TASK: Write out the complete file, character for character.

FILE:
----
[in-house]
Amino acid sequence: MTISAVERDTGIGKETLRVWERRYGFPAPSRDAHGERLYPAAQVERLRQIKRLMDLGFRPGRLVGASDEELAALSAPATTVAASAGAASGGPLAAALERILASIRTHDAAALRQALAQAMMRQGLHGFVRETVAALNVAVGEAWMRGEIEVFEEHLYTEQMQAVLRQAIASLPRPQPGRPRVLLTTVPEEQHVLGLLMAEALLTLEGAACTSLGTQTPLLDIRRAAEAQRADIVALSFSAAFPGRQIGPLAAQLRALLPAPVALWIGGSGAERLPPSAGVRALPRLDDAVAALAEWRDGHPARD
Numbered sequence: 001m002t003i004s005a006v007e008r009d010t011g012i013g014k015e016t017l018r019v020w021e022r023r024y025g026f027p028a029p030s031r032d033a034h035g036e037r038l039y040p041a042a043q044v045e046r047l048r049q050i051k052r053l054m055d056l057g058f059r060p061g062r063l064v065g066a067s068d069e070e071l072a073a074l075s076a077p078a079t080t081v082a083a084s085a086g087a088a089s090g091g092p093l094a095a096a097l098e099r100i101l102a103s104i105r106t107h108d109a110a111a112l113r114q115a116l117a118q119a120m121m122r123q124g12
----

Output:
[in-house]
Amino acid sequence: MTISAVERDTGIGKETLRVWERRYGFPAPSRDAHGERLYPAAQVERLRQIKRLMDLGFRPGRLVGASDEELAALSAPATTVAASAGAASGGPLAAALERILASIRTHDAAALRQALAQAMMRQGLHGFVRETVAALNVAVGEAWMRGEIEVFEEHLYTEQMQAVLRQAIASLPRPQPGRPRVLLTTVPEEQHVLGLLMAEALLTLEGAACTSLGTQTPLLDIRRAAEAQRADIVALSFSAAFPGRQIGPLAAQLRALLPAPVALWIGGSGAERLPPSAGVRALPRLDDAVAALAEWRDGHPARD
Numbered sequence: 001m002t003i004s005a006v007e008r009d010t011g012i013g014k015e016t017l018r019v020w021e022r023r024y025g026f027p028a029p030s031r032d033a034h035g036e037r038l039y040p041a042a043q044v045e046r047l048r049q050i051k052r053l054m055d056l057g058f059r060p061g062r063l064v065g066a067s068d069e070e071l072a073a074l075s076a077p078a079t080t081v082a083a084s085a086g087a088a089s090g091g092p093l094a095a096a097l098e099r100i101l102a103s104i105r106t107h108d109a110a111a112l113r114q115a116l117a118q119a120m121m122r123q124g12